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Robotics simulator

Modelling is the process of representing a model (e.g., physical, mathematical, or logical representation of a system, entity, phenomenon, or process) which includes its construction and working. This model is similar to a real system, which helps the analyst predict the effect of changes to the system. Simulation of a system is the operation of a model in terms of time or space, which helps analyze the performance of an existing or a proposed system.


A robotics simulator is a simulator used to create applications for a physical robot without depending on the actual machine, thus saving cost and time. In some case, these applications can be transferred onto the physical robot (or rebuilt) without modifications.


The last five years marked a surge in interest for and use of smart robots, which operate in dynamic and unstructured environments and might interact with humans. Emerging artificial intelligence techniques will endow the next generation of robots with mobility and decision-making skills. These robots will be flexible and reconfigurable; interact with humans; and operate in environments that are unstructured, uncertain, and rapidly changing in time. It is expected of them to assume new roles such as operating on highways as autonomous vehicles, in nursing homes assisting social workers, in schools tutoring young learners, underwater managing oil spills, and in the adverse and cluttered environments of search-and-rescue missions or remotely performing surgeries. While physically testing these robots before deployment is mandatory, through simulation, the engineering design process can be accelerated, made more cost effective, and benefit from more thorough testing.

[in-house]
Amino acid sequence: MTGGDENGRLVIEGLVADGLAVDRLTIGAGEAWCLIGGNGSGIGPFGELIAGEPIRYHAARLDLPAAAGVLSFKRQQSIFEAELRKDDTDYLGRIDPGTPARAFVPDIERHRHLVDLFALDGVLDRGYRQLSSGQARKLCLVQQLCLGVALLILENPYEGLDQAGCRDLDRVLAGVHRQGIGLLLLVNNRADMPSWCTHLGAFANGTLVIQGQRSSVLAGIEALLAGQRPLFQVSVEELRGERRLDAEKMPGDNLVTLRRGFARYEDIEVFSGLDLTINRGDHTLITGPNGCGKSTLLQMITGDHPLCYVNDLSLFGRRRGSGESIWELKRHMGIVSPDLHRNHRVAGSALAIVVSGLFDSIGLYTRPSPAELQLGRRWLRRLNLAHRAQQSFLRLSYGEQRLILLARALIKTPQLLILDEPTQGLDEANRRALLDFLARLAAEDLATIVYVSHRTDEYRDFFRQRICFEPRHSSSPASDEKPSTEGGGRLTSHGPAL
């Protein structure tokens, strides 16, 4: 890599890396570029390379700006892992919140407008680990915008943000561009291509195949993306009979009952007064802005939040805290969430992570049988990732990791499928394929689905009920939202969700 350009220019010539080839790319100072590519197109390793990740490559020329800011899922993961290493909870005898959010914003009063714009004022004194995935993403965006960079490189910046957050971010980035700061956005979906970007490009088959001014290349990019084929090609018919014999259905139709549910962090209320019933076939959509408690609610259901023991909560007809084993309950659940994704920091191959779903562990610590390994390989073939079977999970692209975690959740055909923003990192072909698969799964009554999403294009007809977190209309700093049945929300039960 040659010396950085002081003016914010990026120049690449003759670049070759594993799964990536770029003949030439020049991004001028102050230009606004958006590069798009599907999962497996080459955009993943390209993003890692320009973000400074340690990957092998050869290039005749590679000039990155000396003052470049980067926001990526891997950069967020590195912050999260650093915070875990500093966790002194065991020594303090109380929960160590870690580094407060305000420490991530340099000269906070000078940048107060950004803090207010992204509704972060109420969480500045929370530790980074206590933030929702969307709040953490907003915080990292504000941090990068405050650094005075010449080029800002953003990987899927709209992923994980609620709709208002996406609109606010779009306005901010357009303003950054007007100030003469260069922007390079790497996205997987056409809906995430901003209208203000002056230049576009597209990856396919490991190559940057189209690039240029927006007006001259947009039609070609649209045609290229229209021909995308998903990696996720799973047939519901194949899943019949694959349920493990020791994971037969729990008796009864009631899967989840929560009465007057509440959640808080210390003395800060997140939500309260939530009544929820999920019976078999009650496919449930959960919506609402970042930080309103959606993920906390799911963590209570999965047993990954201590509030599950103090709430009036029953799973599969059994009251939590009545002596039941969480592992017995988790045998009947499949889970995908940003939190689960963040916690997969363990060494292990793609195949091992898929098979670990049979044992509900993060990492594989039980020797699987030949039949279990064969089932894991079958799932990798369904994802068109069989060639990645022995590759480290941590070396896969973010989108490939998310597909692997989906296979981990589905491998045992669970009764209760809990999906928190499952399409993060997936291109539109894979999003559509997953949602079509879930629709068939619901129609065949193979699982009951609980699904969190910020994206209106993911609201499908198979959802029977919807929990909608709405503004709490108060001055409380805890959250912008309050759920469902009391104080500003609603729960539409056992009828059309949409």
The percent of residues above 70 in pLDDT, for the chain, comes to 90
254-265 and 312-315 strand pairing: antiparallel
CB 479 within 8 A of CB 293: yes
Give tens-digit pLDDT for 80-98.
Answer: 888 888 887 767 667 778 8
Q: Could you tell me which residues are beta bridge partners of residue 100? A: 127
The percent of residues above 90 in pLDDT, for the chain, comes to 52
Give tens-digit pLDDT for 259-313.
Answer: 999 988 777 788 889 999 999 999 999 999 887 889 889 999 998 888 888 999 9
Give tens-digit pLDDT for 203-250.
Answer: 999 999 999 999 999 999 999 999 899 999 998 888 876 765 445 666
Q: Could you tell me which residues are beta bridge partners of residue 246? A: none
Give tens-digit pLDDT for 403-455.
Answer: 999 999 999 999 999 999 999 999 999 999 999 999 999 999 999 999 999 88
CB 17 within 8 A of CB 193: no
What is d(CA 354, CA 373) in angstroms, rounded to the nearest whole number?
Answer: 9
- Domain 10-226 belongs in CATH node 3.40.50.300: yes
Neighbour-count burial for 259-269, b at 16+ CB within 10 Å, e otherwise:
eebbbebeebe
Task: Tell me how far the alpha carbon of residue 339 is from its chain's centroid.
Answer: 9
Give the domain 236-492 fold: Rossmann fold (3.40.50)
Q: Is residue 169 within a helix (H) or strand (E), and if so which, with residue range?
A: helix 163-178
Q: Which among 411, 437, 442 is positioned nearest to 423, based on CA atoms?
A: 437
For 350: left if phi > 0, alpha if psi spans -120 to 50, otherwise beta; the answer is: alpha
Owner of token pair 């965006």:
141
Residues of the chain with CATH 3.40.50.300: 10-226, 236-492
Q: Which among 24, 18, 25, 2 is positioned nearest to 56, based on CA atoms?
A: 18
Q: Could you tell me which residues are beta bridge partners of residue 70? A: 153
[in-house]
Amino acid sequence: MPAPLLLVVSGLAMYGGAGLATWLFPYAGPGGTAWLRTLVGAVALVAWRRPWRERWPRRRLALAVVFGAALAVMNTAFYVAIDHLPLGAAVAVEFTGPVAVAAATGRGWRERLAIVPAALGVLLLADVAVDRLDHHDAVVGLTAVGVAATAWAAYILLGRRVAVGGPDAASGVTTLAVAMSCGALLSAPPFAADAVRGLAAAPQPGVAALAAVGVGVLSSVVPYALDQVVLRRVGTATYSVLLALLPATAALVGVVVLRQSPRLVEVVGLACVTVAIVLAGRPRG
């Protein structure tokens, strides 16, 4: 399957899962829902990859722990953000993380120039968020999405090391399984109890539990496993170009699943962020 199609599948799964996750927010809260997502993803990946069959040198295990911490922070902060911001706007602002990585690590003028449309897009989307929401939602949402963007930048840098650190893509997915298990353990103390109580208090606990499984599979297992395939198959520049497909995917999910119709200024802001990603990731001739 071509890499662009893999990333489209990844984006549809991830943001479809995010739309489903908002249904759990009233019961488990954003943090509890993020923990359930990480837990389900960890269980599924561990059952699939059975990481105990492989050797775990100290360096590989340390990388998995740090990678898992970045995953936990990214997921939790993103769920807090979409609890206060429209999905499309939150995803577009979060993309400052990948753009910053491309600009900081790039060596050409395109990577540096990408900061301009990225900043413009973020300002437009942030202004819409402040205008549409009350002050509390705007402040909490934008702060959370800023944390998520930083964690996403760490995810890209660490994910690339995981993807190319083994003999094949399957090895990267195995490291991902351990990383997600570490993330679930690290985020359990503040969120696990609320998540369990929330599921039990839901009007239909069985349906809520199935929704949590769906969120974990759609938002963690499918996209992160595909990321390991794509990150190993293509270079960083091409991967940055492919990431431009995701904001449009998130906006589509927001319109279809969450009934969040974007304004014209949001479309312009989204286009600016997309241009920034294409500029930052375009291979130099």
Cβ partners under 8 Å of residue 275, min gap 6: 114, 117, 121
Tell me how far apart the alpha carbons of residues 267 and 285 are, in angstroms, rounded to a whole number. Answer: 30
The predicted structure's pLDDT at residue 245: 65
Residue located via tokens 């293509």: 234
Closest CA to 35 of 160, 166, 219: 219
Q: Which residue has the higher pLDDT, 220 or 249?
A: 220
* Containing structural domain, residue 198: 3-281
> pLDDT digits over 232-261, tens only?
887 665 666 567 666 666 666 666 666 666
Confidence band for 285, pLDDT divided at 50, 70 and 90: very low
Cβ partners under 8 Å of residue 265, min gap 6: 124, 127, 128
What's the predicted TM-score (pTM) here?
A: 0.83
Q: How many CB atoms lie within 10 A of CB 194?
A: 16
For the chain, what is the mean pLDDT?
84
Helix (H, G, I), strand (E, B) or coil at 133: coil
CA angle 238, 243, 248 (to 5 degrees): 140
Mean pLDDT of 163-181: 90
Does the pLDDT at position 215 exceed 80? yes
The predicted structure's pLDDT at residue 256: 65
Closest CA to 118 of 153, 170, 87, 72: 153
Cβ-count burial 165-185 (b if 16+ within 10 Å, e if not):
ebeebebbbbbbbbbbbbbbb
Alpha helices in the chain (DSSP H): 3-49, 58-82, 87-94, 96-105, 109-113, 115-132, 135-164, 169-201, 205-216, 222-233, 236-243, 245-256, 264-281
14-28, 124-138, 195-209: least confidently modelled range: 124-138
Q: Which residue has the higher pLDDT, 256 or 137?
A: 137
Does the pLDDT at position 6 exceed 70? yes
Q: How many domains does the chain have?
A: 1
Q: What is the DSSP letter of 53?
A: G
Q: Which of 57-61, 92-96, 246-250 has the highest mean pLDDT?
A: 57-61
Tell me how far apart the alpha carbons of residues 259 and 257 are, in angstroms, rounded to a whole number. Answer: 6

Robotics simulators are invaluable tools that allow developers to rapidly and inexpensively design, prototype, and
test robots in a controlled environment without the need for physical hardware. Simulation is particularly promising for verification and validation (V&V) of robotic systems, potentially providing an automated, cost-effective, and scalable alternative to the manual and expensive process of field testing.